Strong earthquake hits western Indonesia, felt in Singapore

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A strong earthquake with a preliminary magnitude of 6.6 has struck just off Sumatra in western Indonesia, with shaking felt as far away as Singapore and Malaysia, seismologists and residents say. No tsunami warning has been issued.

The earthquake, which struck at 10:08 a.m. local time on Sunday, was centered about 73 kilometers (45 miles) west of Bengkulu, or 338 kilometers (210 miles) southeast of Padang. It struck at a depth of about 36 kilometers (22 miles), making it a shallow earthquake.

The earthquake had a preliminary magnitude of 6.6, according to Indonesia’s seismological agency BMKG. The United States Geological Survey (USGS) put the initial magnitude slightly lower, at 6.4.

People across the island of Sumatra, including in cities such as Palembang and Jambi, reported feeling Sunday’s earthquake. Light shaking was felt as far away as Singapore and small parts of southern Malaysia.

“The tremor felt quite strong, some object hanging on the wall shook violently,” one resident in Indonesia told the European-Mediterranean Seismological Centre (EMSC). In Singapore, a resident on the 20th floor of a building reported feeling “slight” shaking for nearly a minute.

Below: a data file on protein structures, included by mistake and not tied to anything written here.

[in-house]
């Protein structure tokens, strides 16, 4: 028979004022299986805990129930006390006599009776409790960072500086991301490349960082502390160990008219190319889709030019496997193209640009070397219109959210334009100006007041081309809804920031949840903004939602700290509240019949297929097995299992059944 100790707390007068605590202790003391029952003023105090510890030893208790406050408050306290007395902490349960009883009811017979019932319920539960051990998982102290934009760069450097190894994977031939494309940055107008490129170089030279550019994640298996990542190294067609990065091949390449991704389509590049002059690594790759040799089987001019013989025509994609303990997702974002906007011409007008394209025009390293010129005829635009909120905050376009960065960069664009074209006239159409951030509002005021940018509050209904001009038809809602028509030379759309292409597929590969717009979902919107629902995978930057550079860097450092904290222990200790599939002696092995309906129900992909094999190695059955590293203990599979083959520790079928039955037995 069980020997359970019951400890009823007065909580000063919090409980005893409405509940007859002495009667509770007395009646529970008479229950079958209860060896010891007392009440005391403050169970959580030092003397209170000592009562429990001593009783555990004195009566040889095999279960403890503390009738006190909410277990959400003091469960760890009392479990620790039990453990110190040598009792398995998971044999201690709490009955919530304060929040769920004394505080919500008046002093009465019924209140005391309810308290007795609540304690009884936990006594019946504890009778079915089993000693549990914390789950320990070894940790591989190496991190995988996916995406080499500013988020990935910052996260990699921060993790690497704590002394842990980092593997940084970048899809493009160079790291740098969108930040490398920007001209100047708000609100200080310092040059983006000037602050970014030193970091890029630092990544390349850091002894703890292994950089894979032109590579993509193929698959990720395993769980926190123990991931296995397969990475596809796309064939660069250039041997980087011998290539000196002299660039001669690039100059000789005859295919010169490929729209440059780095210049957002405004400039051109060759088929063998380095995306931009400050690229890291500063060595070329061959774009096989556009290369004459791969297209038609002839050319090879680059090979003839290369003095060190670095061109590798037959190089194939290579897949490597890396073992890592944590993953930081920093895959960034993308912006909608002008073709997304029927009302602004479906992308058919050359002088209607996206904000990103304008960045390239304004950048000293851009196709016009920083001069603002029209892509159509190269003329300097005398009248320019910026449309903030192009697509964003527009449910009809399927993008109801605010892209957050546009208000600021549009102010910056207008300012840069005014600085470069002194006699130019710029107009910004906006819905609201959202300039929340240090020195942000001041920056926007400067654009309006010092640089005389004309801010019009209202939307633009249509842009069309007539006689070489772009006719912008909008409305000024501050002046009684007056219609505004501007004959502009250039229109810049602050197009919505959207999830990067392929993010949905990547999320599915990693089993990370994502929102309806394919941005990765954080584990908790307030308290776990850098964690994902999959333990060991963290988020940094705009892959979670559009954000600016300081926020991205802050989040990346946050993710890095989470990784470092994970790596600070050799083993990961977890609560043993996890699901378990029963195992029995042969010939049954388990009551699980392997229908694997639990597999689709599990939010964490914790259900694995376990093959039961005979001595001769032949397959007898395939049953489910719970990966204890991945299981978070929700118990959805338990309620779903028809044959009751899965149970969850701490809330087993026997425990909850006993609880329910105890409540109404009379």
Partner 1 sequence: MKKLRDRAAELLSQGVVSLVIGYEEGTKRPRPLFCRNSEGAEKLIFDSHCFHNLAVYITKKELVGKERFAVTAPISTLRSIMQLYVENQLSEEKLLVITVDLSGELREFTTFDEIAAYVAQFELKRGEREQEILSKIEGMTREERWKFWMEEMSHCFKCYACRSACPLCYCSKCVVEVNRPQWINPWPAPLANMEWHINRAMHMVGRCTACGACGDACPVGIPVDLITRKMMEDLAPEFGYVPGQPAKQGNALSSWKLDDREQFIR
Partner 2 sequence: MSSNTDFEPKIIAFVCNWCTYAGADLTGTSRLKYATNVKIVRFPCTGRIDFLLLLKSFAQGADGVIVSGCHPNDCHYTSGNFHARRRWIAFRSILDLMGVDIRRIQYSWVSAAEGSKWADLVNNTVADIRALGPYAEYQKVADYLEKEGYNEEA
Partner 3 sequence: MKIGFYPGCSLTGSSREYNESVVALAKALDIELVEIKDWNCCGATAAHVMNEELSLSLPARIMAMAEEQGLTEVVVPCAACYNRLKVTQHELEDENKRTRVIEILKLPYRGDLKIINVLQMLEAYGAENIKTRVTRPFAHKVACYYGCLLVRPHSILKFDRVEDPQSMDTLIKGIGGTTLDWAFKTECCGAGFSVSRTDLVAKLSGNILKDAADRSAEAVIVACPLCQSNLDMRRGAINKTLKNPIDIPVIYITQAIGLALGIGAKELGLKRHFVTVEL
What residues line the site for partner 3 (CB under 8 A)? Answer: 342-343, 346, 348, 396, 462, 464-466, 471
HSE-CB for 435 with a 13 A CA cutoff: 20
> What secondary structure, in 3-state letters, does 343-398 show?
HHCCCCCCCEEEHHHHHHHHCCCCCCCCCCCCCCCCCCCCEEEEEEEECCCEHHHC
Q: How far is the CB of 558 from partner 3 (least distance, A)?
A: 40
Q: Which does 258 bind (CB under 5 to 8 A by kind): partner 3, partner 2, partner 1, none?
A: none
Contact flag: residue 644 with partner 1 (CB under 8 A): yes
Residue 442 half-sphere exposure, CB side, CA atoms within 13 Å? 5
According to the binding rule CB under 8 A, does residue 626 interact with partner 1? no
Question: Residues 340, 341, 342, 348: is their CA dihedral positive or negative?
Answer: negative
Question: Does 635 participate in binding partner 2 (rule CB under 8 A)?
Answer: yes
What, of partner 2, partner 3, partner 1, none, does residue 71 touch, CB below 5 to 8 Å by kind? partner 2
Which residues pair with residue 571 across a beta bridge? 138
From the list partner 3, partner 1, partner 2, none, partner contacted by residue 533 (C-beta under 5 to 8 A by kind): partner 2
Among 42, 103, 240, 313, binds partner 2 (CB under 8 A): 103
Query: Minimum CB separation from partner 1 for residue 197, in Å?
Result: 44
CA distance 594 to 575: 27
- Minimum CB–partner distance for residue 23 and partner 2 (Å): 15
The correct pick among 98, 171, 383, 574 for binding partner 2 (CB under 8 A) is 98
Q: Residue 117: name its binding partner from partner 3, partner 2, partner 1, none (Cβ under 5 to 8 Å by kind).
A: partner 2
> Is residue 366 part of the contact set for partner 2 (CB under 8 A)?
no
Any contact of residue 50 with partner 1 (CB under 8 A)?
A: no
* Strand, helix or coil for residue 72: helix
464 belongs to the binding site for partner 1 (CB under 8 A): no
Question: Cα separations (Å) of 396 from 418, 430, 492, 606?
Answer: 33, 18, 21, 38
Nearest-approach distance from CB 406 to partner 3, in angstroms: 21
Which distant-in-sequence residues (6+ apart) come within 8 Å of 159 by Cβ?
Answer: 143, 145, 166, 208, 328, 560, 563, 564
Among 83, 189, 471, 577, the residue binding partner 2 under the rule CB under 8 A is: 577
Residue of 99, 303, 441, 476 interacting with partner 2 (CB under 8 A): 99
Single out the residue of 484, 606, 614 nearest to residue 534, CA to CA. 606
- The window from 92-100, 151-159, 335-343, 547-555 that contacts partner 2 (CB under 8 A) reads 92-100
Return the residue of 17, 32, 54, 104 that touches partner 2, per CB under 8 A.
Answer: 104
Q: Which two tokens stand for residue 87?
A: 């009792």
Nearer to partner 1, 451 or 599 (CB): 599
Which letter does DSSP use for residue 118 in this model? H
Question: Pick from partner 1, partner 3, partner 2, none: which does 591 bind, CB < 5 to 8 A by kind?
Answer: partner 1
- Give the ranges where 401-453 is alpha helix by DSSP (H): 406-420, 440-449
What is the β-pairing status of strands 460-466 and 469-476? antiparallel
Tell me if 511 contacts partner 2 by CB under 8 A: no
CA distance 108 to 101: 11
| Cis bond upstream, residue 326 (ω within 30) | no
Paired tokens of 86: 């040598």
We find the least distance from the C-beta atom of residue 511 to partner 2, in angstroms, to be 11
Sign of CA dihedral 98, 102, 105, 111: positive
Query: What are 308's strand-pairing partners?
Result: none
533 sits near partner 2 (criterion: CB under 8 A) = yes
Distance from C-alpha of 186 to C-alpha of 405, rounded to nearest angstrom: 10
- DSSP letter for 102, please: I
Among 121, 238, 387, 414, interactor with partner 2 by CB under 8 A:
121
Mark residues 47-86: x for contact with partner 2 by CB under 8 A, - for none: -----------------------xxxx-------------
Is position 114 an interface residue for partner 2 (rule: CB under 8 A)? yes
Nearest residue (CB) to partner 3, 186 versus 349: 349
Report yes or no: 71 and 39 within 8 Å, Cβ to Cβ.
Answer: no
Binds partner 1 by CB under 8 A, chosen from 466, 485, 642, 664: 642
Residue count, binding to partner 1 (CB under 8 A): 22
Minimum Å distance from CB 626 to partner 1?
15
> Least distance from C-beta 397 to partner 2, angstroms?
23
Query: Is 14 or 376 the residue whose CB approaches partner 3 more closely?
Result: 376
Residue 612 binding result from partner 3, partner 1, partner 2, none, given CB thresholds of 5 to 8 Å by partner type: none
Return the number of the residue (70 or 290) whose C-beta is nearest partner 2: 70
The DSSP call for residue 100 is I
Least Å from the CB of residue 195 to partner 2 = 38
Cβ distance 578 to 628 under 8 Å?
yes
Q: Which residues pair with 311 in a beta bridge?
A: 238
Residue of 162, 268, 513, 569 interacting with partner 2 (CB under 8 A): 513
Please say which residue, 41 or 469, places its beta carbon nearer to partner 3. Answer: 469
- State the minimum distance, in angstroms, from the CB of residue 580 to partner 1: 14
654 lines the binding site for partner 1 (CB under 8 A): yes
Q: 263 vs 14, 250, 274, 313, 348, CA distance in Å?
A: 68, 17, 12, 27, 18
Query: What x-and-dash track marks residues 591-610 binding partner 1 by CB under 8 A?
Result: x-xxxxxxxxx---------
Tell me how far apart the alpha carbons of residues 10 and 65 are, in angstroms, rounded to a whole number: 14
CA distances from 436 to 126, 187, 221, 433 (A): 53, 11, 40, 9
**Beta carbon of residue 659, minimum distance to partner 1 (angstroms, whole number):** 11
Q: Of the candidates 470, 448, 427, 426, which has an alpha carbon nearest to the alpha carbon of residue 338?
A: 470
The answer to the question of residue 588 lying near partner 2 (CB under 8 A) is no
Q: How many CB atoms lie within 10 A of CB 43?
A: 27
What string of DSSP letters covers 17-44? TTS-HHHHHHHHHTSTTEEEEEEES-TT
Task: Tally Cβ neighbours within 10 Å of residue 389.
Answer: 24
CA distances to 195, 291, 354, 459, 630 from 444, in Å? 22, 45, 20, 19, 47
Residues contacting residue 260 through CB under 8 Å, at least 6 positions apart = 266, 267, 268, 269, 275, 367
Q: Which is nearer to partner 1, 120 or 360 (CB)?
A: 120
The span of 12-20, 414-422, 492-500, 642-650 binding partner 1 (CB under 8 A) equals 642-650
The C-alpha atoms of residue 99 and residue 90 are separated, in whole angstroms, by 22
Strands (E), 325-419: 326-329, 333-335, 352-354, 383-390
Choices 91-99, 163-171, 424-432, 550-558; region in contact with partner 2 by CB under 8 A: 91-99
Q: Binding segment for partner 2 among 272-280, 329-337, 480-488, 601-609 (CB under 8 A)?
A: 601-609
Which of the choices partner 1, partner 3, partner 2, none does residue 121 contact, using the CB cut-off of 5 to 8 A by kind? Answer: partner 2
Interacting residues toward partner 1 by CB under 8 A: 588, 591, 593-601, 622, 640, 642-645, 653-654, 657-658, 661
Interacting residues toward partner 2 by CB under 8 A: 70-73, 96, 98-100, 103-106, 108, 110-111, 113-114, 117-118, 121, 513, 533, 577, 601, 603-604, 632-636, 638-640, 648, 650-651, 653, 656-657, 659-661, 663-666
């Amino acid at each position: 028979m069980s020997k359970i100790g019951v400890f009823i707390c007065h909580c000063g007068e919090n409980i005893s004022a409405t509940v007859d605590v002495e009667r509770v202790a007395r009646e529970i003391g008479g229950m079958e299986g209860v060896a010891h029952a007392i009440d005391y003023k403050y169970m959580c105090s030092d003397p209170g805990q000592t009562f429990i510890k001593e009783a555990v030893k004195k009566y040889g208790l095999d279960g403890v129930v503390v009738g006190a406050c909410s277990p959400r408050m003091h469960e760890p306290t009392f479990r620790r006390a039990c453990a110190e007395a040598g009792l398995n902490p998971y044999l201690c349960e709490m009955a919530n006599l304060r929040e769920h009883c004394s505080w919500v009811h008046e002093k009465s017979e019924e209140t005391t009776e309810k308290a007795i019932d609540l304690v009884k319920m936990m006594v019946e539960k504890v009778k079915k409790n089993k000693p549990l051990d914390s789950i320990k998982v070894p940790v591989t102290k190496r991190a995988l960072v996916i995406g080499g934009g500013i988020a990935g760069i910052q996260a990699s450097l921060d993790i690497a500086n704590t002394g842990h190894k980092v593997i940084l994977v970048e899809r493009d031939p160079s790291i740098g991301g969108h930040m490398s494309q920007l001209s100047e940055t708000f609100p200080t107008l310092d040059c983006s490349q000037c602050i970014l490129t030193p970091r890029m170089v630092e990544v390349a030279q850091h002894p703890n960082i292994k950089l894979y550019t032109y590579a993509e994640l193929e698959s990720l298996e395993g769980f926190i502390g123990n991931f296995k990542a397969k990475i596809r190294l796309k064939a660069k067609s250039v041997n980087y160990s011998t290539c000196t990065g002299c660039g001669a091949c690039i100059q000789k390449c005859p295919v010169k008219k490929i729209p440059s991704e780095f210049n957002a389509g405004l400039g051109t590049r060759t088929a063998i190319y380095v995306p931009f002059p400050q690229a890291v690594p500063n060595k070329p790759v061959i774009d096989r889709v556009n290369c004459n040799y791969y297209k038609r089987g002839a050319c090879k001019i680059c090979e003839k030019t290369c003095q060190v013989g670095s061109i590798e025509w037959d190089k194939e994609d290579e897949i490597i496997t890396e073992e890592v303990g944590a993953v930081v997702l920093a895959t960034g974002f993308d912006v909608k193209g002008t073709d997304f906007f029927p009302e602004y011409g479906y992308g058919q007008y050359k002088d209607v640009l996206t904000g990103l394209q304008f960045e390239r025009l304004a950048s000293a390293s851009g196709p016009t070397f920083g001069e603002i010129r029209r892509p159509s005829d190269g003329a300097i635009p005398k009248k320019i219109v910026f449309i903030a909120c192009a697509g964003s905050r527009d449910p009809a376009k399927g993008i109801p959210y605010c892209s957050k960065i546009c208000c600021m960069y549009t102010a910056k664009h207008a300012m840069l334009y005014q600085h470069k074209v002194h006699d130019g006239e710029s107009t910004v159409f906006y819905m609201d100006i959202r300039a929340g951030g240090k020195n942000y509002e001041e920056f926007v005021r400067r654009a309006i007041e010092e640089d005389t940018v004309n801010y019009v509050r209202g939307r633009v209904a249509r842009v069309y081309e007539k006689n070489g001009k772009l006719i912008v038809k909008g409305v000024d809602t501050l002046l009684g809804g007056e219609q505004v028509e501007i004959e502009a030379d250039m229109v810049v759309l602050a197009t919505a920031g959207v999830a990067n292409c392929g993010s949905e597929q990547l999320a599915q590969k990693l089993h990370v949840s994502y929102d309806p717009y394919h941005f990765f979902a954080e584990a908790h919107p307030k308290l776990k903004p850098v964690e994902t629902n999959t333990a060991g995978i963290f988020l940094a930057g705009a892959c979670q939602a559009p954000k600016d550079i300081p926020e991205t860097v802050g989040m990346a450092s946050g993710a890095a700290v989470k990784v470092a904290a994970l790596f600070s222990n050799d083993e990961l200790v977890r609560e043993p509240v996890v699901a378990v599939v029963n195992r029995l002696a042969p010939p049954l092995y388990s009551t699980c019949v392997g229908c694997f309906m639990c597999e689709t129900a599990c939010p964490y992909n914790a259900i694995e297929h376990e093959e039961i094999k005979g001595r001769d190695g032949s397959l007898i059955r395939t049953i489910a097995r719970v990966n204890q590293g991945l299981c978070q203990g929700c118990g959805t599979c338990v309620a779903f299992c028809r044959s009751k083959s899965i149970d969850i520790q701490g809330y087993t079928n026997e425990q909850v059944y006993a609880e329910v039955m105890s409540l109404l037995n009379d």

There were no immediate reports of damage or casualties and no tsunami alerts were issued.

Indonesia is on the so-called ‘Pacific Ring of Fire’, an arc of fault lines circling the Pacific Basin that is prone to frequent and large earthquakes.

In December 2004, a magnitude-9.1 tremor, one of the most powerful earthquakes ever recorded, struck off the west coast of Sumatra, unleashing a massive tsunami that struck scores of countries in the region and killed at least 227,898 people.

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